Think air conditioning isn’t expensive enough? Then you’ll love a proposed amendment to the Senate energy bill from Sens. John Kennedy (R-LA) and Tom Carper (D-DE) that restricts the refrigerants used in millions of air conditioners on the grounds that they contribute to climate change.
That may sound like a strange priority coming from the Republican Kennedy, especially given that his home state’s scorching summers make air conditioning a necessity. But Louisiana is also home to several facilities owned by Honeywell, one of the two corporations that have patented a number of expensive alternative refrigerants likely to rise even higher if this measure becomes law. As for Carper, a Democrat, it certainly doesn’t hurt that the other company making pricey but greenhouse-friendlier replacement refrigerants, Chemours, is headquartered in Delaware.
It wouldn’t be the first environmental crackdown on cooling. Believe it or not, the class of refrigerants now being targeted as greenhouse gases, hydrofluorocarbons (HFCs), were once praised as Earth-friendly substitutes for earlier refrigerants blamed for the depletion of the ozone layer—the infamous “ozone hole.”
One compound in particular, called Freon-22, which had been the refrigerant of choice for home air conditioners since the 1960s, was banned by the Environmental Protection Agency in new equipment starting in 2010. Limited production of Freon-22 was allowed to service the older units designed to run on it, but even that ended as of January 1, 2020 and prices are up.
It has gone from around one dollar per pound prior to government restrictions to more than ten times that wholesale and even higher retail. A residential central air conditioner can require up to 15 pounds, so replenishing a system after a refrigerant leak can cost hundreds more than it used to.
If this new bill becomes law, the HFC refrigerants used in post-2010 units would also likely face similar cost increases.
Targeting HFCs was a late Obama administration climate policy goal, but one that was not accomplished before he left office. Obama had a two-pronged attack—a United Nations treaty provision called the Kigali Amendment that would restrict HFC production worldwide (though China and other developing nations would get generous extensions), and domestic EPA regulations prohibiting their use in several categories of new air conditioning and refrigeration equipment.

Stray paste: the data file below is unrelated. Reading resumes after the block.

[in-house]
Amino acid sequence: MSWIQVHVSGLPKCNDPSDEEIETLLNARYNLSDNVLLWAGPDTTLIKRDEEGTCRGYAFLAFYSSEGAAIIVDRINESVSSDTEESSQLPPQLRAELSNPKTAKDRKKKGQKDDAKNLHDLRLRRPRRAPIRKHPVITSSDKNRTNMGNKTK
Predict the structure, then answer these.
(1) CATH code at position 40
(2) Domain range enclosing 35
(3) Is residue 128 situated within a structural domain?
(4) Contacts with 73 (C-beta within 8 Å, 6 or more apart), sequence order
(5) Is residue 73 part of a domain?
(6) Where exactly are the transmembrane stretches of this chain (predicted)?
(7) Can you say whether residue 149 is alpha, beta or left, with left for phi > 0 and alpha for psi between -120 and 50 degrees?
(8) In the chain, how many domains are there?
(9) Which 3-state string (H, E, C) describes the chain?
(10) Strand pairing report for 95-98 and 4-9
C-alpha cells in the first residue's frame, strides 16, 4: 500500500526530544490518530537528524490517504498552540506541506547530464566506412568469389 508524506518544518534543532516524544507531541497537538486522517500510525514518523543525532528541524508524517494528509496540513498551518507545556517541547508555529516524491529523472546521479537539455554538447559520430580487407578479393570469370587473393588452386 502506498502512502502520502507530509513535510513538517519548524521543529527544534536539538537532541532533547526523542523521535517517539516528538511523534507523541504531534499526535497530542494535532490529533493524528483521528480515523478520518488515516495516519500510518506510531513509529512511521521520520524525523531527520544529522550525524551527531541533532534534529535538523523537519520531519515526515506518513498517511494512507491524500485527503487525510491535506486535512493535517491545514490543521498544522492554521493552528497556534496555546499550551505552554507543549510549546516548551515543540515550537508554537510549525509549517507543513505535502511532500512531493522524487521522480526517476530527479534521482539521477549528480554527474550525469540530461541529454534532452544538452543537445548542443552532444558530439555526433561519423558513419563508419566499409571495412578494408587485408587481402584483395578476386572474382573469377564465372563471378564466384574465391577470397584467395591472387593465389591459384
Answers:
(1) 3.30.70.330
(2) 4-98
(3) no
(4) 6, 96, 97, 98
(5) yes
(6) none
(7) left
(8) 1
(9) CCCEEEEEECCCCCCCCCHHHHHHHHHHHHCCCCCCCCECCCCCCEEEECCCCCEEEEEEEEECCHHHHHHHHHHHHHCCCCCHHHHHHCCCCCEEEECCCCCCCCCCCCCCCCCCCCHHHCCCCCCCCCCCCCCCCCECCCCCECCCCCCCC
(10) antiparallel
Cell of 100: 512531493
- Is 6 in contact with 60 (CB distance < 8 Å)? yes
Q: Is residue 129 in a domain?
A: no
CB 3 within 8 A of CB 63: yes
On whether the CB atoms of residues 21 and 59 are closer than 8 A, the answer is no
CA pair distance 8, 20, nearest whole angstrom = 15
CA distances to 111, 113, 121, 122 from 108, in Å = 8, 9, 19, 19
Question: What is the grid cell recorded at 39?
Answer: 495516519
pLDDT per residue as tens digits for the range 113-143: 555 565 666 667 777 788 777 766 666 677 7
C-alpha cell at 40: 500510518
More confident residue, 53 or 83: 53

But Obama never submitted the Kigali Amendment to the Senate for the required ratification vote, and President Trump has thus far declined to do so. In addition, Obama’s EPA regulations were shot down by a federal court that said the agency has no authority to regulate HFCs based on their claimed contribution to global warming.
So now, proponents of restricting HFCs—a powerful combination of environmental advocacy groups and rent-seeking corporations led by Honeywell and Chemours—are pushing Congress to adopt similar measures through legislation.
The proposed restrictions on HFCs will raise future repair bills on the tens of millions of units that require them as supplies dwindle and prices rise. Brand new air conditioners would likely also go up in price as they are redesigned to use one of the new refrigerants under consideration by manufacturers.
The demise of HFCs would be great news for Honeywell and Chemours and their substitute compounds used in everything from car air conditioners to supermarket refrigeration equipment. Both companies produce some of these compounds in the U.S., but also in China, so this measure won’t be the domestic jobs bonanza its supporters claim.
In addition, several of these new refrigerants are classified as flammable, so homeowners may face new risks along with the new costs.
The Democrat-controlled House has its own version of the refrigerant restrictions, which faces a tough opponent in Rep. Markwayne Mullin (R-OK), who at a recent hearing, drew upon his years of experience running a residential air conditioners repair business to spell out in detail how badly it would hit homeowners.
Rather than pile on more red tape that boosts the cost of staying cool, Congress should work with the Trump administration to reduce those costs. One good pro-consumer move would be to allow limited production of Freon-22 for a few more years to service the older air conditioners that still need it. Another would be to reject any measures restricting the HFCs required for the newer units.
Summers are hot enough without costly policy from Washington getting us even hotter under the collar.